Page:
George Saunders on Editing

The Guardian published a wonderful interview with George Saunders in which he discusses (among other things) his writing process. Here’s a tantalizing sample of the article:

My method is: I imagine a meter mounted in my forehead, with “P” on this side (“Positive”) and “N” on this side (“Negative”). I try to read what I’ve written uninflectedly, the way a first-time reader might (“without hope and without despair”). Where’s the needle? Accept the result without whining. Then edit, so as to move the needle into the “P” zone. Enact a repetitive, obsessive, iterative application of preference: watch the needle, adjust the prose, watch the needle, adjust the prose (rinse, lather, repeat), through (sometimes) hundreds of drafts. Like a cruise ship slowly turning, the story will start to alter course via those thousands of incremental adjustments. The artist, in this model, is like the optometrist, always asking: Is it better like this? Or like this?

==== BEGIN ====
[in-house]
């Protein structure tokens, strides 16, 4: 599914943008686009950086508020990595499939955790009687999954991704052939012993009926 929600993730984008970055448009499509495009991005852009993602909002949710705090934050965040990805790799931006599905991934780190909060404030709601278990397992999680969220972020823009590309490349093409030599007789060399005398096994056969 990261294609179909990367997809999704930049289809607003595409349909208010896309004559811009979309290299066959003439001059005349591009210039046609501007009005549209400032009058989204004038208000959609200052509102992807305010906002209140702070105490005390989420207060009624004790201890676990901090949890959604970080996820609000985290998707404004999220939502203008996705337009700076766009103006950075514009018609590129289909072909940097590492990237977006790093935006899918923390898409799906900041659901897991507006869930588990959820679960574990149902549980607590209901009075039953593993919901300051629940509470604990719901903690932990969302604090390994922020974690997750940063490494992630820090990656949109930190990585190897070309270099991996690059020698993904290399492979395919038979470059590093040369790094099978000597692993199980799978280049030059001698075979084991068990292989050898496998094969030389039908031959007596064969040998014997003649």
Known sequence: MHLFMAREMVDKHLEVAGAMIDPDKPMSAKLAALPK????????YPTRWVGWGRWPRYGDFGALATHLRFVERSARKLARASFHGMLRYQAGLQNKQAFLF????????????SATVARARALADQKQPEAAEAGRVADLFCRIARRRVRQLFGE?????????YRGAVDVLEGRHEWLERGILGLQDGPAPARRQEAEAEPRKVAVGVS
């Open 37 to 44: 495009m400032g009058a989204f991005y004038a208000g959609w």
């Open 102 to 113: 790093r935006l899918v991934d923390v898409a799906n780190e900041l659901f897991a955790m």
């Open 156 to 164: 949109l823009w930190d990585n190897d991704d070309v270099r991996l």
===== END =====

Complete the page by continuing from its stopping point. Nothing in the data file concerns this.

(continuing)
Well worth the read – if you have the time, check it out!

Illustration by Yann Kebbi for Review.

Extensive Folktext Resource

If you’re interested in using mythic or fairy-tale tropes in your fiction, here’s a wonderful online resource I discovered recently. The website – called “Folktexts” – was compiled by the retired scholar D.L. Ashliman. It contains a vast selection of tales which are grouped into themes, from “Bald Stories” to “Flatulent Stories” (and everything else in between). An excellent resource to dip into if you’re looking for some faerie inspiration.